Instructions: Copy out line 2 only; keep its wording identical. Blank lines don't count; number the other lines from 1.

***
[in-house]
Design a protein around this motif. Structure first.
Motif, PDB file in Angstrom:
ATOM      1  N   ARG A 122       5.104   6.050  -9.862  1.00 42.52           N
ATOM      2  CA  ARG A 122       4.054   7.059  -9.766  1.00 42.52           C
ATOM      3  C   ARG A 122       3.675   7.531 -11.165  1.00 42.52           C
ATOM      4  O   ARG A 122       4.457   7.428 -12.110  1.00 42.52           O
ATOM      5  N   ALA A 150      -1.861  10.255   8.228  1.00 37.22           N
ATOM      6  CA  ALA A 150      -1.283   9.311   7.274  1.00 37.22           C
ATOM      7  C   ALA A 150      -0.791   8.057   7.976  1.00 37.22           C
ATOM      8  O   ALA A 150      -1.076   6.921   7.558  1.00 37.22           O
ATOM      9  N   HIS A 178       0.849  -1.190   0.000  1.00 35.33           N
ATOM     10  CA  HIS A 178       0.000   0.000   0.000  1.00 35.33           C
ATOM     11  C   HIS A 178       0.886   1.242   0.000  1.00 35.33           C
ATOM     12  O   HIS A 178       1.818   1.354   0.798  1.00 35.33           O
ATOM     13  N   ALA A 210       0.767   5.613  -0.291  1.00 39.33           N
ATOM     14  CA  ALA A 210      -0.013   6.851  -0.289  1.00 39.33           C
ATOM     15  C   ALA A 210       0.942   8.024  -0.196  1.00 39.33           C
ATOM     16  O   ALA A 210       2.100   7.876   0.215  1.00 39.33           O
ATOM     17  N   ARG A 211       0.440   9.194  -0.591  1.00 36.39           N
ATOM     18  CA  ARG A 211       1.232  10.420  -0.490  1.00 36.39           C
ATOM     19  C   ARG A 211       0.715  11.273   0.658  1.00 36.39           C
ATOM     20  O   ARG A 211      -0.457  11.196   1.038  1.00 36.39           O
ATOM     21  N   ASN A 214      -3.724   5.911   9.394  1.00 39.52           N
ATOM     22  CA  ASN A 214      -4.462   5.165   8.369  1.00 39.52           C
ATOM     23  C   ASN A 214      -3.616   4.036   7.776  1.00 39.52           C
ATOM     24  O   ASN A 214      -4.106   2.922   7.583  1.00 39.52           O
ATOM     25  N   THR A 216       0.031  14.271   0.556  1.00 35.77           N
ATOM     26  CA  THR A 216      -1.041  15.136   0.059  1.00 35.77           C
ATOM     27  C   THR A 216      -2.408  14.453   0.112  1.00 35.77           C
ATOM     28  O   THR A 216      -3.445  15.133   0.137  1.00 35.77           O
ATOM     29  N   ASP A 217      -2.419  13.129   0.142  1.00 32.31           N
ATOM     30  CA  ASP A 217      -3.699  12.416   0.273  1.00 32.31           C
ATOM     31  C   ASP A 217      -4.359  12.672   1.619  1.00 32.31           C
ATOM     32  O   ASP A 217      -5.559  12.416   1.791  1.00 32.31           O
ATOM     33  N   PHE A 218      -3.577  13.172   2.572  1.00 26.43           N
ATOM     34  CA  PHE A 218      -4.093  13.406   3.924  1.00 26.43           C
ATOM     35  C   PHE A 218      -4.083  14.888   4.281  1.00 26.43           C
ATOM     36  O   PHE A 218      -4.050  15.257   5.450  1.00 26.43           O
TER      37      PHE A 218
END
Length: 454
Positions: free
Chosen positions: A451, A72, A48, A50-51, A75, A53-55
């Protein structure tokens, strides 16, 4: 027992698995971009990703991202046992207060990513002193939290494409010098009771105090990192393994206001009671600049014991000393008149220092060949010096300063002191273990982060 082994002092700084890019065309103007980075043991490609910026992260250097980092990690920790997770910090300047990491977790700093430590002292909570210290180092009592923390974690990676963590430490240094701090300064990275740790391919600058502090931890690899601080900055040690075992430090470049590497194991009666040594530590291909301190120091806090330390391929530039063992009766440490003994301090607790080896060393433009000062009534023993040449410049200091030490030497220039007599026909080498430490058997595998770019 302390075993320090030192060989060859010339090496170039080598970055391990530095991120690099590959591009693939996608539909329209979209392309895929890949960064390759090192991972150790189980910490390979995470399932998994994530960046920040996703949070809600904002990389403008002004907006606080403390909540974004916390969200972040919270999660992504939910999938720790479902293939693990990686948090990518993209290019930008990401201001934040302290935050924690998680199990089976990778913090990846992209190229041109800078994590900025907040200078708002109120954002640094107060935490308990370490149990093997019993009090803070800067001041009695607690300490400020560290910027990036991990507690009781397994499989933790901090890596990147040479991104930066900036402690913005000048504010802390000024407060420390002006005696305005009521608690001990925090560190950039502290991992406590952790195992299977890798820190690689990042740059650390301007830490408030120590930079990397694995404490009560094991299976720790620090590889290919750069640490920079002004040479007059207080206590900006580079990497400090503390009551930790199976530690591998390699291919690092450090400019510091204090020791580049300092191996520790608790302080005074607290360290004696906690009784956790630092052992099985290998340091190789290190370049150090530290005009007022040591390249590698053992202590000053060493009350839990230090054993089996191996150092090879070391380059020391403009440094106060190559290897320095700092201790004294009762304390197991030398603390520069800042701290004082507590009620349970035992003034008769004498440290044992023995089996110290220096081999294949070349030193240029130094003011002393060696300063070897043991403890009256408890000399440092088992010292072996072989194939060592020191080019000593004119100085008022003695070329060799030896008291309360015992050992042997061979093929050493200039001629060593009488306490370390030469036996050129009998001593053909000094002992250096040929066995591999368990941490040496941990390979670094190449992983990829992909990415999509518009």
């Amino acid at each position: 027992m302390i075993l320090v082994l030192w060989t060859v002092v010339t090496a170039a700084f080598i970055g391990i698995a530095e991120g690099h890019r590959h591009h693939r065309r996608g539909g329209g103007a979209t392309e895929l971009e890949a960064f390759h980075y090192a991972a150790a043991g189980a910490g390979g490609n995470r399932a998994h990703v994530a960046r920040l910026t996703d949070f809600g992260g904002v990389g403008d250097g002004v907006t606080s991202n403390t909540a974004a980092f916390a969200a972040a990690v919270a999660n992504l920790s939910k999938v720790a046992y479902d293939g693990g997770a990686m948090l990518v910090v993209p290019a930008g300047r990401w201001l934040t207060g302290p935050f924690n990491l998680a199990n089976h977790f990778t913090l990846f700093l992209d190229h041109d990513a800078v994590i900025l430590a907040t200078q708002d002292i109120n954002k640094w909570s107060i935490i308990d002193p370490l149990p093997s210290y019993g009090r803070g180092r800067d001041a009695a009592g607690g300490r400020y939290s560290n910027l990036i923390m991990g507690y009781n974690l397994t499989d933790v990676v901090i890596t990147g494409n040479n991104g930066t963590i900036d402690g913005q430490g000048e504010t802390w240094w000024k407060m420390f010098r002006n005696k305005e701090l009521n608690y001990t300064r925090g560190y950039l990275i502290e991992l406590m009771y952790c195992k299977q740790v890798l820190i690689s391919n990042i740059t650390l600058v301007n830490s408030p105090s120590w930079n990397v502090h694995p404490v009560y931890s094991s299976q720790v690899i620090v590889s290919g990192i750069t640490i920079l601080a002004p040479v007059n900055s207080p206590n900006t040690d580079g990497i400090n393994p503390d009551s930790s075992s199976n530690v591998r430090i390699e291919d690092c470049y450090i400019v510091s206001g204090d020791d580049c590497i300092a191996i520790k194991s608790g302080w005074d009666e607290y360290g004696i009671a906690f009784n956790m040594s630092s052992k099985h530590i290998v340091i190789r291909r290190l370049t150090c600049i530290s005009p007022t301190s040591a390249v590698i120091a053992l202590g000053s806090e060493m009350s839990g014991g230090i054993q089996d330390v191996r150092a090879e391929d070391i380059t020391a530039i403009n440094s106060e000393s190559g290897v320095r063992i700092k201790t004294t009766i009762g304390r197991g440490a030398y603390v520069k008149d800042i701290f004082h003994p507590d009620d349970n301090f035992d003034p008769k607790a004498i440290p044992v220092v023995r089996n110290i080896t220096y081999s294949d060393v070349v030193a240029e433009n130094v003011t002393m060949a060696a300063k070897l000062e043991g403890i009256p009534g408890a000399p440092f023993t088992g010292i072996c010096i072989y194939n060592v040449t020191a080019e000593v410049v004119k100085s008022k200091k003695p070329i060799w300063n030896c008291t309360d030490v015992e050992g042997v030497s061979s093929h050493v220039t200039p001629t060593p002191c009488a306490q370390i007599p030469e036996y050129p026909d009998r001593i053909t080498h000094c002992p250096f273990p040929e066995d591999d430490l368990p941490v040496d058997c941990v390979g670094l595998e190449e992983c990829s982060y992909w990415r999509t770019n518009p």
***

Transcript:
Design a protein around this motif. Structure first.